Orlando's Will Johnson talks "evolved" Kreis, parallels to RSL golden age

ORLANDO, Fla. – It has been a stop-start process, but the conversion of Orlando City SC into a team that more closely resembles the Real Salt Lake side that Jason Kreis used to coach is now well underway.

There are still differences. Yet the full implementation of the midfield diamond, the tough home mentality, and even some of the same personnel are all significant signposts in Kreis’ bid to return to the heights that he so consistently reached at Rio Tinto Stadium from 2007-2013.

Will Johnson was an essential part of that RSL team and now, reunited with his former boss in Orlando, he sees quite a few parallels.

“There are definitely similarities,” the midfielder said. “Most will say it’s the diamond but for me, it’s more of an overall feeling of professionalism and perfectionism, trying to make Orlando into a place where standards are high and accountability is very important within the squad.

“Then you move on from the general identity we’re trying to build into the tactics, and you see more similarities, going back to the diamond formation. Personnel-wise, you also have a bunch of guys who are willing to put in the work selflessly and get things done, and that’s very similar to Salt Lake.”

On top of the personnel and coaching situation, Johnson sees a strong stadium comparison, where the Utah team turned the newly-built Rio Tinto into a fortress.

“Over time at RSL, it evolved into something special, with a good home-field advantage, and that’s similar to what we’re trying to build here with a brand new stadium,” Johnson explained. “We want to ensure everybody knows how important it is to us that we defend our home field with everything we’ve got.”

While the work and tactical ethos may be the same, the Canadian sees a different Kreis these days, now 11 years into his coaching career and with a sobering, solo season with New York City FC in the rearview mirror.

Johnson believes the head coach learned a valuable lesson the hard way: that the league has become much more results-driven in recent years.

“We had time to evolve at Salt Lake,” Johnson said. “I think Jason is now very aware that not every owner is going to be as forgiving with results as [former RSL owner] Dave Checketts was.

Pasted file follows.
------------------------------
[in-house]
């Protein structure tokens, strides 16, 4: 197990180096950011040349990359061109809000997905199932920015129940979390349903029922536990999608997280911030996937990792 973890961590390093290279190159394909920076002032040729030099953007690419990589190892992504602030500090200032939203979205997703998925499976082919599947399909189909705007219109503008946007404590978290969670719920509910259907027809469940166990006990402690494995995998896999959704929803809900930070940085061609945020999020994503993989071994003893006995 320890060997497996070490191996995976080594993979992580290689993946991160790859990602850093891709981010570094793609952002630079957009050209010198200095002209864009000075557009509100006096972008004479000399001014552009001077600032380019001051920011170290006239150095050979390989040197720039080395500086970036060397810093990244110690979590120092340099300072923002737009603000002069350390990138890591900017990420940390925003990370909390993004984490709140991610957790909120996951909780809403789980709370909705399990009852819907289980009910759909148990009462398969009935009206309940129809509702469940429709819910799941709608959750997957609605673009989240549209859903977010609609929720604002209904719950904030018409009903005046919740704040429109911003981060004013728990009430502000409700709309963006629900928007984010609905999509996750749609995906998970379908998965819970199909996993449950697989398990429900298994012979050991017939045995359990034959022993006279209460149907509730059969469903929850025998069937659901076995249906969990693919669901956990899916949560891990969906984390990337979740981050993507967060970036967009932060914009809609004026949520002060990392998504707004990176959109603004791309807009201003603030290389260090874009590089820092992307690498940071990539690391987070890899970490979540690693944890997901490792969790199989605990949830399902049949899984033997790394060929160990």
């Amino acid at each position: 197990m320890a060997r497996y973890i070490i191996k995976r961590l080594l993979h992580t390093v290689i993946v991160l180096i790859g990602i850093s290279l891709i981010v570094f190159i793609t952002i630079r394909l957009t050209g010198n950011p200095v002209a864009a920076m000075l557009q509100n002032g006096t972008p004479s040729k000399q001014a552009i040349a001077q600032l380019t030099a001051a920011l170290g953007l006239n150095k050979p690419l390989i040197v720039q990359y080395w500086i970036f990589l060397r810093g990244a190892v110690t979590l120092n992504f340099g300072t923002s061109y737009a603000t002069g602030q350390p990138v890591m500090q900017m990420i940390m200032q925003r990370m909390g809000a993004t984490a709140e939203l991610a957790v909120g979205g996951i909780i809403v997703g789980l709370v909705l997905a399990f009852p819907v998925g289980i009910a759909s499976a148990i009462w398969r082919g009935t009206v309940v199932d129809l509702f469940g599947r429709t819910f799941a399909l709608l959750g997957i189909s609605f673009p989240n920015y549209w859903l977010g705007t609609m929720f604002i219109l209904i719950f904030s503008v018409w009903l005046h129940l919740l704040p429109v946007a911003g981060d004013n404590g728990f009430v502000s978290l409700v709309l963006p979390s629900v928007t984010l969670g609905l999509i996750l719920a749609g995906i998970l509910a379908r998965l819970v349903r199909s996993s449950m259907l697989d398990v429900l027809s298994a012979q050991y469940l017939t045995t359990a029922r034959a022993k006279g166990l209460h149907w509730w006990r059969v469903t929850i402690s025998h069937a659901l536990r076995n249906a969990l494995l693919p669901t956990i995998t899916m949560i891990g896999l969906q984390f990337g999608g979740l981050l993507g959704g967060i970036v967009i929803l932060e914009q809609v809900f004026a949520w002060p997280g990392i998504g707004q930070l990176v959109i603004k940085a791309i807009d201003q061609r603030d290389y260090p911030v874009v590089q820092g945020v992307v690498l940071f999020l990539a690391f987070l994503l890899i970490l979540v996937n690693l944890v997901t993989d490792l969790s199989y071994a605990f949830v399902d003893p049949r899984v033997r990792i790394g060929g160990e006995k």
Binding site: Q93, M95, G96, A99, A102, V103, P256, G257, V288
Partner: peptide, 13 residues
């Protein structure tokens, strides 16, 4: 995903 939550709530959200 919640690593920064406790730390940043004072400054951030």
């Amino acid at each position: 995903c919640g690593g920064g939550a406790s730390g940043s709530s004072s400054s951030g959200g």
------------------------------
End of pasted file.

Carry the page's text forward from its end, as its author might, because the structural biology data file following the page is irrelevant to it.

“In many ways, Dave was a father figure to Jason, and that relationship was pretty special. Then obviously he had the other side of it with New York City. There is a ‘win now’ pressure, more demand on the players to get it right quicker, compared to when he started at Salt Lake.”

Johnson also recognizes the process has resulted in a tougher, more focused approach from Kreis in his return with Orlando.

“He is even more detailed and demanding here,” the veteran observed. “We had a bit of an older group there, and here we have some younger guys who we are bringing along, guys who haven’t had a ton of success in MLS, so I would say this is an evolved version of Jason from Salt Lake.”

There are also stark differences that Johnson is quick to acknowledge.

“Obviously we have a very well-known player in Ricky [Kaká], who gives this club more of a presence than we had in Salt Lake,” noted the Canadian international. “This market feels bigger and the league is 10 years down the road, so there is no sneaking up on anybody.”

Kreis himself is stumped when asked to compare the two teams.

“It’s an impossible question to answer,” he said. “For me, this team has its own identity, its own character and its own leaders, so I don’t know there is any comparison there.

“What I can say is this group is incredibly fun to work with. I enjoy showing up for work every day and I get a good sense of what we’re about every day in training. And I leave work every day feeling very happy that we’ve put in a good shift and have spent our time here well.”

He does admit to a similar feeling with the Salt Lake teams of his first head coaching experience, and he also sees a comparable growth curve that is equally satisfying.

“There is something about being a coach when you are conveying messages of what you want to see, and then to see little things show up in games is really rewarding,” Kreis said. “Right now, we’re seeing a lot of signs of what we’re after, what we’re trying to do and who we’re trying to be. And that’s the most important thing.”

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